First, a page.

Turns out, this lovely woman lived across the back lane from me, and she asked if I knew the new mother who lived a few doors down from me, who had a baby almost the same age. I didn’t; in fact, I didn’t even have a clue who lived there. Within a few weeks, she’d orchestrated a small get-together at her house so that she could match-make us. This was the beginning of two beautiful, cherished friendships with people who both live within a stone’s throw from me.
Well, fast-forward almost a decade and the three of us are still getting together: sometimes in small groups, sometimes one-on-one, and sometimes at larger neighbourhood events. This past Saturday (Day 7), we were all together again for what has become an annual holiday tradition: a lively evening of (indoor) carolling along with many more neighbourhood folks.
And though over the past few years I’ve been involved in helping to organize tons of neighbourhood events, this one is especially dear to me because it’s all about my deepest neighbourhood relationships, and the shared connections many of us have formed. As I looked around the music-filled room, and caught the eyes of and shared a smile with many dear friends, I felt almost overflowing with gratitude and peace. It is such a lucky thing to have neighbours who take care of each other when times are hard, and to celebrate with when times are good. Neighbours you could ask for help anytime, and who know they could ask the same of you. I try never to take it for granted.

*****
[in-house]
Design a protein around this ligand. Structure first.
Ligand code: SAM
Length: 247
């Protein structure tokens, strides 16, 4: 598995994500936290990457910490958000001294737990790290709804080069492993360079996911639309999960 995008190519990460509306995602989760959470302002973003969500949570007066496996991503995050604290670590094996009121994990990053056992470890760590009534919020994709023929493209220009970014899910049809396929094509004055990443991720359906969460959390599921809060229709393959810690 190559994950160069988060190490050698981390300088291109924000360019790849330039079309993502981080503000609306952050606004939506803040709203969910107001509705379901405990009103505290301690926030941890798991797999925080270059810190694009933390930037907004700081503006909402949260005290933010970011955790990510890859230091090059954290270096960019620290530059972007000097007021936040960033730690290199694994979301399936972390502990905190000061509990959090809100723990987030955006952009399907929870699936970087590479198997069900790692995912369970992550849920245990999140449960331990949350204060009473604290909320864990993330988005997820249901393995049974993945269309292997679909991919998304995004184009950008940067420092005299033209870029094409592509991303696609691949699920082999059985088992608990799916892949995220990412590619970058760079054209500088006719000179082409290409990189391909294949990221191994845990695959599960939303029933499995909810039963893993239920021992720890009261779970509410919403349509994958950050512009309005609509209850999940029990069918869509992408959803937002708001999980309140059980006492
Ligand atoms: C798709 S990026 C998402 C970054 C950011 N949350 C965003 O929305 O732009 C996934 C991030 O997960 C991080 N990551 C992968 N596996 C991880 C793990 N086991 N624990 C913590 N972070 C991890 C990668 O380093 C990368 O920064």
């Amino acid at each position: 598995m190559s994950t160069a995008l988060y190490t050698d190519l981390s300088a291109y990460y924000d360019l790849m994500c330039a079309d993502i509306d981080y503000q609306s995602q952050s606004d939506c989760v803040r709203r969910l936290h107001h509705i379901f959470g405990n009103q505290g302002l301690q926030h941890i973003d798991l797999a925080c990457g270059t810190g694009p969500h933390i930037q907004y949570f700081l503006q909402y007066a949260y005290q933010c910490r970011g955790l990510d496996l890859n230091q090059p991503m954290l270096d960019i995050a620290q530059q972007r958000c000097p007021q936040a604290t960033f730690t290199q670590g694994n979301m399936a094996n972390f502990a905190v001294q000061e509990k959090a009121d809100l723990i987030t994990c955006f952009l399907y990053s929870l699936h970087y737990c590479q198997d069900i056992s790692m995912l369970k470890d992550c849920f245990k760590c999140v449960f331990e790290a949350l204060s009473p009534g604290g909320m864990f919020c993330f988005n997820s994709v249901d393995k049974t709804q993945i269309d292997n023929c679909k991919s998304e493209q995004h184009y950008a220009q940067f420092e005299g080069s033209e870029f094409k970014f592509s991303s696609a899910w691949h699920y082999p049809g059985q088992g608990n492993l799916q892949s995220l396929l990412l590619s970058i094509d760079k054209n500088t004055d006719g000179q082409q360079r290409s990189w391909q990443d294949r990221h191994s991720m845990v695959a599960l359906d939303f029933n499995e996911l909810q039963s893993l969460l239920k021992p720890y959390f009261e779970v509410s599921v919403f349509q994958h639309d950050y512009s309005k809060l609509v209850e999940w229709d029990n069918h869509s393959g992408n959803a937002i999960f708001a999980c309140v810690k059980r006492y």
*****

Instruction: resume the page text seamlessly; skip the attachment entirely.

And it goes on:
There have been lots of changes to the street over the years. Sometimes these changes are good and exciting, other times they’re hard and overwhelming. We’ve lost wonderful neighbours when they passed away, or moved out of province, or just out of the neighbourhood. We’ve also dealt with difficult situations related to criminal activity; though I don’t wish that on anyone, nothing brings you closer to your neighbours that knowing that you’re watching out for each other and you’re in that tough situation together.
I hope you have neighbours like mine…and that you’ll do something special with them over the holidays!